I think the first thing I need to do is be honest about my own circumstances and have a clear view of what persecution is, honoring those who struggle and not seeing persecution when it’s not there. The second thing I need to do is not shy away from the difficult. If it’s a story that is difficult for me to read, how much more difficult must it be for those who go through it? 

Next, I need to identify with those who are suffering through prayer and giving when and where I can. If that means giving of time and finances, then I need to move forward and give in those areas. 

But lastly, perhaps the biggest thing I can do is seek to love God and my neighbor, to remain faithful where God has placed me, to seek to be worthy of identifying with those who lose all that this world offers, deciding that their faith was worth it all. Amen and Amen.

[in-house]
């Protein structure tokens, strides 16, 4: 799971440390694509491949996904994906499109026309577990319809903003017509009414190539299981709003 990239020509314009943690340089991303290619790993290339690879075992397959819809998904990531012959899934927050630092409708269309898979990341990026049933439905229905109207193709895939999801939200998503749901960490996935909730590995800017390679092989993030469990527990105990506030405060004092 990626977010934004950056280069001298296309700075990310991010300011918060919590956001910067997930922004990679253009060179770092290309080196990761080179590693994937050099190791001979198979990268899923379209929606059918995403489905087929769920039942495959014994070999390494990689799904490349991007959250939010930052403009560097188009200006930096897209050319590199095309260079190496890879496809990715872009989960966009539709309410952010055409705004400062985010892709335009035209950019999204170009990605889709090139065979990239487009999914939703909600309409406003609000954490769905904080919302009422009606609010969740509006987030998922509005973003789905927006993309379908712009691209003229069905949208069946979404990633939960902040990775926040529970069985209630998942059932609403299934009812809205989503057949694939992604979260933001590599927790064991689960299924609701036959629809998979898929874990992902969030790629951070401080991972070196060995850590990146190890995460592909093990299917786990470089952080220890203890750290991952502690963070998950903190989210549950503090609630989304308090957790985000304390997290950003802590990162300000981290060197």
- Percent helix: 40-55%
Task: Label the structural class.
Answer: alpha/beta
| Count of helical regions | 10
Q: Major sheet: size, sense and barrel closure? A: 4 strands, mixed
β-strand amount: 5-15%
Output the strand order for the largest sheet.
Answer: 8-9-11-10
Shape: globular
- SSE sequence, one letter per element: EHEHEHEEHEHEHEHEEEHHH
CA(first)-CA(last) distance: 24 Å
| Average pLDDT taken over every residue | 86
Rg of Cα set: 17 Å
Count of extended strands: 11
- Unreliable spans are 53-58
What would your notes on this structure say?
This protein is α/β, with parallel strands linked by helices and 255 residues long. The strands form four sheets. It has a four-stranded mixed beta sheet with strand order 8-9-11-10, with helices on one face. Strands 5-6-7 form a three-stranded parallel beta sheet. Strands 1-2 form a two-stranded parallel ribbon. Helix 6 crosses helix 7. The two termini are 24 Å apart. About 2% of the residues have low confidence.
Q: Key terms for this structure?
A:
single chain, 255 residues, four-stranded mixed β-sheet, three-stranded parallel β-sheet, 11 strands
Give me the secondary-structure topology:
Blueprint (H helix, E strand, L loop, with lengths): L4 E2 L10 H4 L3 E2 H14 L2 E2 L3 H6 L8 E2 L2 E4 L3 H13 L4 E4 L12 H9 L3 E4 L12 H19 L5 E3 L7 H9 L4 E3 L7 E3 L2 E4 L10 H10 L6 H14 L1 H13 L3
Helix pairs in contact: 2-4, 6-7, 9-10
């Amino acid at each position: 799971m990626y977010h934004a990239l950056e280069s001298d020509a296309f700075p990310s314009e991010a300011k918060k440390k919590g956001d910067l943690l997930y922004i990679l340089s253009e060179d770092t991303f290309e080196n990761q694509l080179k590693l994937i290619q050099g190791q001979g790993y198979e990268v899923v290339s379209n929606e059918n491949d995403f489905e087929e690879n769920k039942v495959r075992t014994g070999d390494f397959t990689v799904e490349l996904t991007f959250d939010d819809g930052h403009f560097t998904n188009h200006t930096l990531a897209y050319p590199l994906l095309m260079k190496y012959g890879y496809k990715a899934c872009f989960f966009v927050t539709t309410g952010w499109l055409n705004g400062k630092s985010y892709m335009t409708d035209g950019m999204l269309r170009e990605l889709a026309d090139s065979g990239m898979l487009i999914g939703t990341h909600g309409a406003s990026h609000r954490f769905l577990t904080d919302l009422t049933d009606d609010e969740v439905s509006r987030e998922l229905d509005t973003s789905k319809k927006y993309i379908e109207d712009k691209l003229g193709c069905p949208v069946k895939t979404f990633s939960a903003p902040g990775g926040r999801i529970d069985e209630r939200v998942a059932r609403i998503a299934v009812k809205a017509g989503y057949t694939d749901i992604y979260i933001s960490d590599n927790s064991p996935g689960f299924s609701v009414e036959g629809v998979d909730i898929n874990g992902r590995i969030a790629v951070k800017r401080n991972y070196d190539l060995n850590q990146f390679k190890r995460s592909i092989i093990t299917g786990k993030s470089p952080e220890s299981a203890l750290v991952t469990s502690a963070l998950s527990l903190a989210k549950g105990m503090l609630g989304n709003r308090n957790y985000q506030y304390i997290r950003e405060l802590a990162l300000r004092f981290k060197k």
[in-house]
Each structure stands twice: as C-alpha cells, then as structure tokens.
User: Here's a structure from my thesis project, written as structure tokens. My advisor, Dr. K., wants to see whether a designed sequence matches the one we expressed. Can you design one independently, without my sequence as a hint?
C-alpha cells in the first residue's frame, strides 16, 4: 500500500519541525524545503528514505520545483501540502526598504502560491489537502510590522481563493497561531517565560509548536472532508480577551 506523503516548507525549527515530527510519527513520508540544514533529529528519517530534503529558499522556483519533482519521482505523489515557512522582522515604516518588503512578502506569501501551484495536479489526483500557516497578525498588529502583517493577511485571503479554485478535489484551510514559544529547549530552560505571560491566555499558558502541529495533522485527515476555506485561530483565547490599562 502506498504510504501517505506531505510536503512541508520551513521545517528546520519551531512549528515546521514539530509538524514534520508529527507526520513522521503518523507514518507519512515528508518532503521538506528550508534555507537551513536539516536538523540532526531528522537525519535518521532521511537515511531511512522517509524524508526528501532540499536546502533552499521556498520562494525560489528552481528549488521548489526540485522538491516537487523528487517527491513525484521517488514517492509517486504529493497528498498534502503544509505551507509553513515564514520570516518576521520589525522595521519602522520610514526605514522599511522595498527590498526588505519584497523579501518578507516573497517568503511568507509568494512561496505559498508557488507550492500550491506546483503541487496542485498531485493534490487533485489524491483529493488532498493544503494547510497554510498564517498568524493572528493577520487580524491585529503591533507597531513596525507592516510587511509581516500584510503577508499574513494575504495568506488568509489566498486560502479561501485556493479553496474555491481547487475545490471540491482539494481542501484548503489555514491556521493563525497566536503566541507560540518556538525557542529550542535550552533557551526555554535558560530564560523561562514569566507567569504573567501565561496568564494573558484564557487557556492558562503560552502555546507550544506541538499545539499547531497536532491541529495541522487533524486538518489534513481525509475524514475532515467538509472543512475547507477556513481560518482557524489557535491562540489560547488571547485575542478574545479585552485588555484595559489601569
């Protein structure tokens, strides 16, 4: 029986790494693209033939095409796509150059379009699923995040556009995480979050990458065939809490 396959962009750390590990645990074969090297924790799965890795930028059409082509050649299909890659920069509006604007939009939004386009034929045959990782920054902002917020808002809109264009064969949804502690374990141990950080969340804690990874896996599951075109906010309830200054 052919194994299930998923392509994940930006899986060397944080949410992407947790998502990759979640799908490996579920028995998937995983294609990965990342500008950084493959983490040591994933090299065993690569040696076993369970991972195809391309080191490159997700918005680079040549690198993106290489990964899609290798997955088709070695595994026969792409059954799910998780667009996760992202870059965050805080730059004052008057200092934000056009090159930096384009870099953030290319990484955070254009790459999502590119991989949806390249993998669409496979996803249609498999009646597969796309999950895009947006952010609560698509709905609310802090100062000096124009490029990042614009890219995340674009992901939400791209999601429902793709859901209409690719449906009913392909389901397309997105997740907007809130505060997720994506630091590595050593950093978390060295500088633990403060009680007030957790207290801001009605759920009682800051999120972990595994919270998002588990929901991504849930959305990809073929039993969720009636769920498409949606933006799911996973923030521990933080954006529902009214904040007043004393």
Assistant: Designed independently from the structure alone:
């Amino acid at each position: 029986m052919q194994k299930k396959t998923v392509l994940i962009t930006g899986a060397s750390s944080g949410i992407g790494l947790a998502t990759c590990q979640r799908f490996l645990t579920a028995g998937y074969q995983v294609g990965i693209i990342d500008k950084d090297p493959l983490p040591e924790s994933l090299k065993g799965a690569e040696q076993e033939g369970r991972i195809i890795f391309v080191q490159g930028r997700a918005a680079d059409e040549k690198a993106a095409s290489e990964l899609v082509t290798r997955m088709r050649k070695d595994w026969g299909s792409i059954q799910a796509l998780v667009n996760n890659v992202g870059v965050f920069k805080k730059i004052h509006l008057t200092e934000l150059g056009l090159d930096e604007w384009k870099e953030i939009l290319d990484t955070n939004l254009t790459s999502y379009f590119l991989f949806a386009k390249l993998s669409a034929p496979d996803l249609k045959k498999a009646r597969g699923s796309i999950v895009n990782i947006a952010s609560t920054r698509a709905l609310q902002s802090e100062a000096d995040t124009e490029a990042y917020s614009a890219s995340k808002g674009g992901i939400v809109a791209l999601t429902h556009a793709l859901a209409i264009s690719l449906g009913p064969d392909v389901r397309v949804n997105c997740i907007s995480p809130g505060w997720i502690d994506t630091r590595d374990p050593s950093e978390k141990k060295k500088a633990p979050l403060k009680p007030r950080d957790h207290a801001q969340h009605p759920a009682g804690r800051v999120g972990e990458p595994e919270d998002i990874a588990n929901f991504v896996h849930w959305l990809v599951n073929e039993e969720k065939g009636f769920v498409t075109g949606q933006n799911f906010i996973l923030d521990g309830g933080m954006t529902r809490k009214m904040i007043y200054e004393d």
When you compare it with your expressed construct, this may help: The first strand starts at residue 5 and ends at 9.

Coptic Christians & Persecution

6 days ago, Coptic Christians in Cairo experienced an attack while protesting restrictions that have been put on building churches as well as protesting an attack on a church in southern Egypt. My daughter’s friend, Sarah, a journalist, had an eye-witness account of the event as it occurred at a large building that houses Egyptian radio and television, Maspero. Her account brought tears to my eyes.

Perhaps some of you have read or seen videos from Sunday, October 9. The brutality of armored personnel carriers going at high speeds through crowds of people; the resulting deaths and crowded halls and morgue of the Coptic Hospital; the urging of restraint from political leaders. The more I read, the more it seems that one side did show restraint, while the other showed aggressive force.